Ying-Hui Fu, a Ph.D. professor of neurology, conducted a long-term study that was eventually able to prove that the key to being a properly functioning individual on less sleep can be explained by a mutation in genes.
To be precise, DEC2 gene mutation which neatly explains how some short sleepers manage to be healthy and successful. The research also confirmed that DEC2 mutation is rare, as are most gene mutations, but, according to professor Fu, there are more gene mutations that affect sleep and are currently being studied in order to understand sleep better. She consequently found another gene mutation, ADRB1, which also induces wakefulness and has been found in a family that is able to function on as little as 4.5 hours of sleep.
In fact, Allan I.Pack has been studying the genetics of sleep disorders and sleep his whole life and he followed up Professor Fu’s research with individuals suffering from either chronic or acute sleep disorders.
Using their DNA, Professor Pack was able to detect resembling mutation in one of the fraternal twins involved in the study. Pack, like Fu, also concluded that there are several genetic mutations that affect sleep patterns and that these mutations seem to be inheritable. Yet, these initial studies are far from being over and conclusive and much more research is necessary to obtain hard proof on how genetics do or don’t influence sleep disorders.
Steps to Take in Tackling Sleep Disorders
The fact remains that most people need between 7 and 9 hours of sleep to stay healthy and perform their daily activities with success. When sleep disorders occur, detrimental physical and mental issues come along, seriously lowering an individual’s quality of life.
People who are seemingly able to lead healthy lives surviving on 6 hours of sleep or less are likely to have either some sort of genetic mutation or are simply genetically predisposed to withstand a lifestyle which requires less sleep.
While sleep disorders are not easily treatable and in most cases treatment may last from several months to several years (and still be met with partial results), modern science and available remedies still make it possible to alleviate the negative effects to some degree.
Most people who suffer from serious sleep disorders use a combination of medical treatments alongside lifestyle alterations. Those usually include exercising, sticking to a bedtime routine, eating a healthy diet, using techniques such as meditation, yoga and breathing exercises to help them unwind and relax before going to bed.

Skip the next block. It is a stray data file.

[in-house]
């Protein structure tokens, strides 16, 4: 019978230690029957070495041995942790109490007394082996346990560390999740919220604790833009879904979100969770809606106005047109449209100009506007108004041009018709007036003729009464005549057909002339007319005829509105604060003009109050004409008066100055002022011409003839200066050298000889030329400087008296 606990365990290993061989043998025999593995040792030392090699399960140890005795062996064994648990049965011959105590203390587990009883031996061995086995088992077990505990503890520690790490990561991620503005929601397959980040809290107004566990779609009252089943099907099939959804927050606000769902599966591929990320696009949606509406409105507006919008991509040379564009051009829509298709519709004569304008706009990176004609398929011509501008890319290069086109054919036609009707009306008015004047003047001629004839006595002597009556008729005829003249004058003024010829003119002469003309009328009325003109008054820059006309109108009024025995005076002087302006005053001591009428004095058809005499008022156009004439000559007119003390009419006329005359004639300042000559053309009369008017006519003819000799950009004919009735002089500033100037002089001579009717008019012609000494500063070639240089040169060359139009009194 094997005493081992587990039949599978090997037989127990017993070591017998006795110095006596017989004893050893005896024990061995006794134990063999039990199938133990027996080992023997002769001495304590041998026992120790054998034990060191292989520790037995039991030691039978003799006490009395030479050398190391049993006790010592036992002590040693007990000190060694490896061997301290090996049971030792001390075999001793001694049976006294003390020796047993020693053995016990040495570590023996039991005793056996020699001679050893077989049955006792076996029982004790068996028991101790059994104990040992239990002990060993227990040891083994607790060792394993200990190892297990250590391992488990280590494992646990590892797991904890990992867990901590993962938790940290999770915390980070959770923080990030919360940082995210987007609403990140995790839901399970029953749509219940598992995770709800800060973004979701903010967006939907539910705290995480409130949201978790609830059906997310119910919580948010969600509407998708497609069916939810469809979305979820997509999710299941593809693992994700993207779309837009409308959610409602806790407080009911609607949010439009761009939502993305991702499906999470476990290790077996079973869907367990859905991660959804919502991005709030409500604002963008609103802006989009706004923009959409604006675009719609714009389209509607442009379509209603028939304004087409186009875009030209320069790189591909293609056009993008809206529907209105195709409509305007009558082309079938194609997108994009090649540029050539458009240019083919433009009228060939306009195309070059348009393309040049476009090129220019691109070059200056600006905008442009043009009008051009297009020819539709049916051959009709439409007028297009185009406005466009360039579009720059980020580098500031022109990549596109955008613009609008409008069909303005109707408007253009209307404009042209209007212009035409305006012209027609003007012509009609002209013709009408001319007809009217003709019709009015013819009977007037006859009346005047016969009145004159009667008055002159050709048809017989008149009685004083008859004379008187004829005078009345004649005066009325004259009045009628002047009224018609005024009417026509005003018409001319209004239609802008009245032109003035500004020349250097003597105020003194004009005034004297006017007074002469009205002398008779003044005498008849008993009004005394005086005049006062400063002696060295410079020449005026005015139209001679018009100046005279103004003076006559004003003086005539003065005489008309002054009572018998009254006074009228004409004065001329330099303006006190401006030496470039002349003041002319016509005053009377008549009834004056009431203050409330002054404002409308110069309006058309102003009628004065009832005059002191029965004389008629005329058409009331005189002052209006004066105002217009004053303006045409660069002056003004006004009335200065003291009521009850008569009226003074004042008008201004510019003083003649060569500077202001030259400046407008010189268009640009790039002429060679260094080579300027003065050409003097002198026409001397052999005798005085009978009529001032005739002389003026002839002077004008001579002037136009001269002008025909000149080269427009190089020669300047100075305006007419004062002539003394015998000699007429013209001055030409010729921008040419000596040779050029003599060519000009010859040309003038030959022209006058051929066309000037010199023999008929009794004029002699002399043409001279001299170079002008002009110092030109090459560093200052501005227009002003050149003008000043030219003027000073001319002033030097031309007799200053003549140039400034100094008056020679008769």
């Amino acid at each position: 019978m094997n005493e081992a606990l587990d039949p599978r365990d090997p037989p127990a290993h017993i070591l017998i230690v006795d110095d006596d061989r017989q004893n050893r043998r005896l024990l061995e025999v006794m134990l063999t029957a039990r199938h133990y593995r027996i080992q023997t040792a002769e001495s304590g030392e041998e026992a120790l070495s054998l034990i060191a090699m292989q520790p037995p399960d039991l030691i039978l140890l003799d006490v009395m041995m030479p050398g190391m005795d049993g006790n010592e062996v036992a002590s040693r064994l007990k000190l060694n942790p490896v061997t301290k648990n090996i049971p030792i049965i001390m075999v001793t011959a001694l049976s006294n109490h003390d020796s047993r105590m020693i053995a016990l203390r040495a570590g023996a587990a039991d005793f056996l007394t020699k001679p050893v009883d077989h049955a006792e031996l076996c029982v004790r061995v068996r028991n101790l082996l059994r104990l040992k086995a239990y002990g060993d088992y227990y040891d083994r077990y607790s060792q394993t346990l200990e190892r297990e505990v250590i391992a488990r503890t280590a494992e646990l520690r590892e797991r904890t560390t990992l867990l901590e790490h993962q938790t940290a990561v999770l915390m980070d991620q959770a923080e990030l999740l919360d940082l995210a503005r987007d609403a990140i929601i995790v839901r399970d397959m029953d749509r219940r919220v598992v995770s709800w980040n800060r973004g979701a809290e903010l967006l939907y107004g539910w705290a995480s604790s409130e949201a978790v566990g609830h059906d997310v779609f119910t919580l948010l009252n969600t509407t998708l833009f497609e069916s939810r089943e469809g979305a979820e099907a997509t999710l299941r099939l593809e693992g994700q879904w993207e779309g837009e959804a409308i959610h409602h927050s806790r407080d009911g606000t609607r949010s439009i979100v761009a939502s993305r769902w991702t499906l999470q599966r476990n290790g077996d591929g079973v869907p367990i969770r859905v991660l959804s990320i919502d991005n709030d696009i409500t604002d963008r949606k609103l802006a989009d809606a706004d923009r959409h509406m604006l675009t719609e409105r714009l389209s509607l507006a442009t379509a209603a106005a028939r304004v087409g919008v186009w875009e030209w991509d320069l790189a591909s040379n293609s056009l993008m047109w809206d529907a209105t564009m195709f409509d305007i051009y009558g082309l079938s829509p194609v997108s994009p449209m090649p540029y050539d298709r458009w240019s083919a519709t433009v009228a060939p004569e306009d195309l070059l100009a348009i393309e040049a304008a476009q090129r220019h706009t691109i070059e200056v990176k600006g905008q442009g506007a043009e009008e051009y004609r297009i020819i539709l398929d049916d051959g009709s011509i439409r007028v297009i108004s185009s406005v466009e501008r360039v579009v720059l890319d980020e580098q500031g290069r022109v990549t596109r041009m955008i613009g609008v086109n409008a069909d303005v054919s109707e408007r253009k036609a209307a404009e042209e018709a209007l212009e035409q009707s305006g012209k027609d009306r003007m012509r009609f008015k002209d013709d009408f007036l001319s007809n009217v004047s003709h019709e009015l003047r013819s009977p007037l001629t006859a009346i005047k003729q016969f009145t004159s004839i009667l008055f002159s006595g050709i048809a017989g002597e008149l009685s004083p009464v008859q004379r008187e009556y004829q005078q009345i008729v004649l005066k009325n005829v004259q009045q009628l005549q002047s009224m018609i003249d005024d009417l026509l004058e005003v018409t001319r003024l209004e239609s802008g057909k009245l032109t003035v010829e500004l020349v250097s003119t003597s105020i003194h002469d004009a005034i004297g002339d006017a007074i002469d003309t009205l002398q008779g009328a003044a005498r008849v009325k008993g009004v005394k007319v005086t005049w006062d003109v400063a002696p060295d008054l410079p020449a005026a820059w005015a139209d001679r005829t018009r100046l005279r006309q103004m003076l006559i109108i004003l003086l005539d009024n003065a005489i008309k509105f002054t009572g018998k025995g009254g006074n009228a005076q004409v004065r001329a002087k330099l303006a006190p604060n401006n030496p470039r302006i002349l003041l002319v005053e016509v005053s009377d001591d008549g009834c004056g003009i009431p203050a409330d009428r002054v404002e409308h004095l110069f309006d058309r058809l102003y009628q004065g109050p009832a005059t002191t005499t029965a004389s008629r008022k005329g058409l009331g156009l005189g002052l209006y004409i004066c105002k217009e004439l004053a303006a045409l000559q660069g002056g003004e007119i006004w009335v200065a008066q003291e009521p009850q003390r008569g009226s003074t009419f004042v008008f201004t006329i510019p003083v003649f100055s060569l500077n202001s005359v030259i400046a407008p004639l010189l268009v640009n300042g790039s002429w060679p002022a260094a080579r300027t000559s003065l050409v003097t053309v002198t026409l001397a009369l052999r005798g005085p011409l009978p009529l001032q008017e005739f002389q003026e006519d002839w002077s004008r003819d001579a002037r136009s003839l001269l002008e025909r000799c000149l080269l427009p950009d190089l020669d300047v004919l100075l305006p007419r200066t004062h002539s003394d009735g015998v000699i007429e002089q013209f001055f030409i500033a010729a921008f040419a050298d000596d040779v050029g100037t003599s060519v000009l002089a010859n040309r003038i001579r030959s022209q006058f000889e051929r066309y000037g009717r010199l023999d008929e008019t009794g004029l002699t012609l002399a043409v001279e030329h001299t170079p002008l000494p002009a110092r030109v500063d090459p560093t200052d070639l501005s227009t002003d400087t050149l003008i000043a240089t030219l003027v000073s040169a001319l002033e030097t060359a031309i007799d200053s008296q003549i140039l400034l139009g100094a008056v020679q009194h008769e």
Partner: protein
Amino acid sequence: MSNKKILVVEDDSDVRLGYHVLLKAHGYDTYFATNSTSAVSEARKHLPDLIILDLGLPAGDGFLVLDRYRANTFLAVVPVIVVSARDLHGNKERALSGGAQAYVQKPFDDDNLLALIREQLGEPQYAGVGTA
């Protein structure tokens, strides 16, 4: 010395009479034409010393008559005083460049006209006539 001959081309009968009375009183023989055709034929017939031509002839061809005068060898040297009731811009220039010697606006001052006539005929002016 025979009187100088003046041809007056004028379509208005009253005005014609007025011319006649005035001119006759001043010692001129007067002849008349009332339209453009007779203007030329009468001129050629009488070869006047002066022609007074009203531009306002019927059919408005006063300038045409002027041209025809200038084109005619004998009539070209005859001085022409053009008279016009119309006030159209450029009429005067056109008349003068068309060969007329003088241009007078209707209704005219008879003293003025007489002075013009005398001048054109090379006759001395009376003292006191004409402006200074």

Another fairly recent research also involves medicinal marijuana and its possible benefits of inducing sleep. Those who mean to take this route on their cumbersome journey to a good night’s sleep need to get well-informed and take into account all the possible side effects. They also need to be aware that despite the fact that plenty of US states have legalized medical marijuana, the FDA allows its use only in the treatment of epilepsy, and only when those affected have either Dravet syndrome or Lennox-Gastaut syndrome.
As with all things in life, various people react differently to lack of sleep and the possible treatments which are meant to help.
Unfortunately, the old fashioned trial and error technique seems like the only way to find out what might work best. The sage and safest way to proceed, if you are suffering from sleep disorders, is to start with your GP and follow up on the advice given, making necessary adjustments to fit your specific needs. But, most importantly, don’t suffer in silence because the side effects of going without proper sleep may not just be dangerous, they might even prove fatal.
About the Author
Mira Rakicevic:— Before I started working as a sleep expert, I always envied people who were passionate about their jobs. Now I have an opportunity to do something I truly enjoy, and no, I can’t sleep at work! Chief Author and Editor at DisturbMeNot.co https://www.linkedin.com/in/miroslavarakicevic/